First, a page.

9th Guitar Chords
dom 7th with an added 9th
There are 3 types of commonly used 9th guitar chords:
Dominant 9th (9), Major 9th (maj9), and Minor 9th (m9) - they are all derived from the dominant 7th, major 7th and minor 7th chords respectively.
|Dom 9th||A dominant 7th chord with an added 9th (C7/9 or C9)||1 - 3 - 5 - ♭7 - 9|
|Major 9th||A major 7th chord with an added 9th (Cmaj7/9 or Cmaj9)||1 - 3 - 5 - 7 - 9|
|Minor 9th||A minor 7th chord with an added 9th (Cm7/9 or Cm9)||1 - ♭3 - 5 - ♭7 - 9|
If a chord with a symbol 9 is not preceded by the words maj or M, e.g., C9 & Cm9 as opposed to Cmaj9 or CM9, the 7th is always a dominant 7th (♭7).
This session features Dominant 9th chords.
- 9th / 9 chord - musical interval spanning 14 semitones - octave plus a major second or 2 semitones.
- Intervals: root, major 3rd, perfect fifth, minor 7th and a major 9th.
- Formula: 1 - 3 - 5 - ♭7 - 9
- It is considered a compound interval as it spans more than one octave.
- The featured song using 9th chords is Someone Like You by Adele.
- Dominant 9th Chords consist of the 1st, 3rd, 5th ♭7th and 9th notes of a Major Scale
- E chords, are based on the E major scale which has 4 sharps. The scale reads: E - F# - G# - A - B - C# - D#
- Formula for a 9th chord: 1 - 3 - 5 - ♭7 - 9. For calculating the 9, simply go back to the start of the Scale and count upwards so that the 8th note is E (octave above the tonic) and F# is the 9th note.
If you find this confusing, simply write the scale so that it contains 9 notes, i.e.,
E - F# - G# - A - B - C# - D# - E - F#
- Substitute the notes into the formula (1=E, 3=G#, 5=B, ♭7=D, 9=F#)
- E9 reads as follows: E - G# - B - D - F#
Dominant 9th (9) Chord Table
9th Chords - Right Handers
Chord Chart Legend
Please Note: With chords like A9 (first position), although it shows a barre over strings 2, 3, and 4 with the first finger, you will naturally barre strings 1, 2, 3 & 4 with the first finger... and that's OK. It is simply illustrated like this so that you don't see 2 dots (fingers) on the same string. The second finger on the 3rd fret (first string) overides the first finger on the second fret (first string)... much easier.
9th Chords - Left Handers
Chord Chart Legend
Dominant 9th chords, often denoted as "dom9" or "9" chords, are essential components of music theory and harmony.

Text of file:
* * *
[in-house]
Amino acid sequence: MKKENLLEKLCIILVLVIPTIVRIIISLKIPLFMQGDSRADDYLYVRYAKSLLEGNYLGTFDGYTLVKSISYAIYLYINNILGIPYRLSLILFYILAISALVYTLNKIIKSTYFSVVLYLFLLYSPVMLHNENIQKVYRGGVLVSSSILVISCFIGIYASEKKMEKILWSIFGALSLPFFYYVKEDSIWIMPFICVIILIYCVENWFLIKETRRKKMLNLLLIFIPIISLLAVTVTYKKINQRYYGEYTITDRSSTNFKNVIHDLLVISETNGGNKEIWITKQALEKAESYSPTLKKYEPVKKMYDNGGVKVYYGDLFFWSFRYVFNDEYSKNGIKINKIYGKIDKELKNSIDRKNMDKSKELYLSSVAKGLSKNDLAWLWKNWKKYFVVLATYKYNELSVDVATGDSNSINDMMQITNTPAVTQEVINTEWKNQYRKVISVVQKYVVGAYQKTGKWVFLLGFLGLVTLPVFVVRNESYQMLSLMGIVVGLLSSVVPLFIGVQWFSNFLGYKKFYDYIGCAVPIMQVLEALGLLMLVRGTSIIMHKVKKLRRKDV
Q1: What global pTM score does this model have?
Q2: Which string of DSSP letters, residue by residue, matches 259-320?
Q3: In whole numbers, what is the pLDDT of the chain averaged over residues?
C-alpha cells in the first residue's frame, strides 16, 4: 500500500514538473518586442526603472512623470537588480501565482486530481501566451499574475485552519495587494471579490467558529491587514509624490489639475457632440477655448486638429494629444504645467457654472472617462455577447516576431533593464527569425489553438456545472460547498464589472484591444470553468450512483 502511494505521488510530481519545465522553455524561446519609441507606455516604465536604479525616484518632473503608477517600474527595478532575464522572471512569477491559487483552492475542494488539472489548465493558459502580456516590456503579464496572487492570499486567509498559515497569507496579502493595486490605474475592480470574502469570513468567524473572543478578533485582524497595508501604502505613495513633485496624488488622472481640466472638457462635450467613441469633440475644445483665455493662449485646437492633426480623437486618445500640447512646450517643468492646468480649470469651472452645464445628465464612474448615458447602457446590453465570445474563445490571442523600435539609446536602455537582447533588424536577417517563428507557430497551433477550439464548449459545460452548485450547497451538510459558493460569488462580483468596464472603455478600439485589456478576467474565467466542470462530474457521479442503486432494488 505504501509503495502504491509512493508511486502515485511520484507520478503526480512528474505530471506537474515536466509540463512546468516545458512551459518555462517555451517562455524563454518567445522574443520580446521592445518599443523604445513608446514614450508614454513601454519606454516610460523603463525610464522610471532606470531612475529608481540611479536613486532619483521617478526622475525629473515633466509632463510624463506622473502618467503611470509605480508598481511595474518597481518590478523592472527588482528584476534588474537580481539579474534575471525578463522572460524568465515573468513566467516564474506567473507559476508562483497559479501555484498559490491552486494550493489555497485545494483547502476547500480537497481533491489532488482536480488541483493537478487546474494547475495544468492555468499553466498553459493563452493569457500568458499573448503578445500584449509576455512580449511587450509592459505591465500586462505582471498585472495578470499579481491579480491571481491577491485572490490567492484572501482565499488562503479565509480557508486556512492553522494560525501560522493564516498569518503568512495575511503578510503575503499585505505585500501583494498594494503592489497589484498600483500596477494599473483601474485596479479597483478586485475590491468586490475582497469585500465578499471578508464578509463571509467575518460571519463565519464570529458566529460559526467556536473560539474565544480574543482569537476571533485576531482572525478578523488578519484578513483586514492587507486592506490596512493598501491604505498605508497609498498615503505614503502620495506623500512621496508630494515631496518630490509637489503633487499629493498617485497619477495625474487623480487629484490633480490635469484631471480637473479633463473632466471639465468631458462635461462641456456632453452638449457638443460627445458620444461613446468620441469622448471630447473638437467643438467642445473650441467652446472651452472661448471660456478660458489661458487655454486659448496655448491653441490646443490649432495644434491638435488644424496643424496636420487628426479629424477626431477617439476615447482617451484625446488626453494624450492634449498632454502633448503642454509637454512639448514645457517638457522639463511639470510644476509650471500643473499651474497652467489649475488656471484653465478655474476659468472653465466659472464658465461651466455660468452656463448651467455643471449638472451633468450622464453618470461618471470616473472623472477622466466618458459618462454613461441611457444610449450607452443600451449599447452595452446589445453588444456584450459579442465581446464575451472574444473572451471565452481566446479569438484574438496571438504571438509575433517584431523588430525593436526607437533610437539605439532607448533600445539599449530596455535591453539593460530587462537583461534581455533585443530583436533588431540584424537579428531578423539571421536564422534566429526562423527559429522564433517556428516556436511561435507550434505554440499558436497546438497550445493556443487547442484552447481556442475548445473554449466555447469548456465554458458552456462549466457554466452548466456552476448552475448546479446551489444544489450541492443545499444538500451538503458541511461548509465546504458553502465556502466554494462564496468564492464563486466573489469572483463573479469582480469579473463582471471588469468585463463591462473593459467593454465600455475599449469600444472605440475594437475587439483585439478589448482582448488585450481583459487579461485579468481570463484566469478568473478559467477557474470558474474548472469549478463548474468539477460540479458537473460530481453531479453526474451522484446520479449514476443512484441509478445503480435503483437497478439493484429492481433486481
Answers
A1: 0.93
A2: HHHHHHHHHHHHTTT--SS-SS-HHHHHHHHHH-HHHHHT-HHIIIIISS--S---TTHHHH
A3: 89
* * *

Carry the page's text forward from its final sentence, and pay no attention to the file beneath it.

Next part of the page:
Extension of Dominant 7th Chords: Dominant 9th chords are built upon dominant 7th chords. A dominant 7th chord consists of the root, major third, perfect fifth, and minor seventh. The dominant 9th chord adds an additional major ninth interval to this structure.
Full Structure: A dominant 9th chord consists of the root, major third, perfect fifth, minor seventh, and major ninth intervals. For example, a G9 chord includes the notes G, B, D, F, and A.
Jazz and Blues Foundation: Dominant 9th chords are extensively used in jazz and blues music. They add richness, color, and harmonic complexity to chord progressions, making them a staple in these genres.
Tension and Resolution: The addition of the major ninth interval to the dominant 7th chord introduces tension into the chord. This tension can create a strong desire for resolution to a consonant chord, such as a major chord or a tonic chord.
Altered Tensions: In some cases, dominant 9th chords can have altered tensions, such as a flat ninth (b9) or sharp ninth (#9). These alterations contribute to a more complex and dissonant sound, often used in jazz improvisation and fusion music.
Voice Leading: Dominant 9th chords offer interesting voice-leading possibilities due to the close intervals between their components. Notes can be smoothly moved to adjacent notes in other chords, creating smooth and melodic transitions.
Chord Inversions: Like other chords, dominant 9th chords can be inverted to change the order of the notes. These inversions can lead to unique harmonic progressions and basslines.
Alternative Voicings: Guitarists and keyboard players often explore various voicings for dominant 9th chords. These different fingerings on the instrument can produce varying tonal qualities and facilitate smoother chord transitions.
Substitute for Dominant 7th Chords: Dominant 9th chords can sometimes be used as substitutes for dominant 7th chords. They offer a richer sound and can help add variety to chord progressions.
Chord Extensions: The dominant 9th chord is one example of a chord extension, where additional notes beyond the basic triad are incorporated. Other extensions, like the 11th and 13th, can further expand the harmonic possibilities.
Modal Applications: Dominant 9th chords can be used in modal contexts to emphasize the tonality of a specific mode. For instance, a dominant 9th chord can highlight the Mixolydian mode when used in a major key.
Fusion and Contemporary Music: Apart from jazz and blues, dominant 9th chords are also utilized in contemporary and fusion music. Their versatility allows them to fit into various genres and musical styles.
Dominant 9th chords are fundamental to music theory and offer musicians a tool for creating captivating chord progressions, harmonies, and improvisational passages.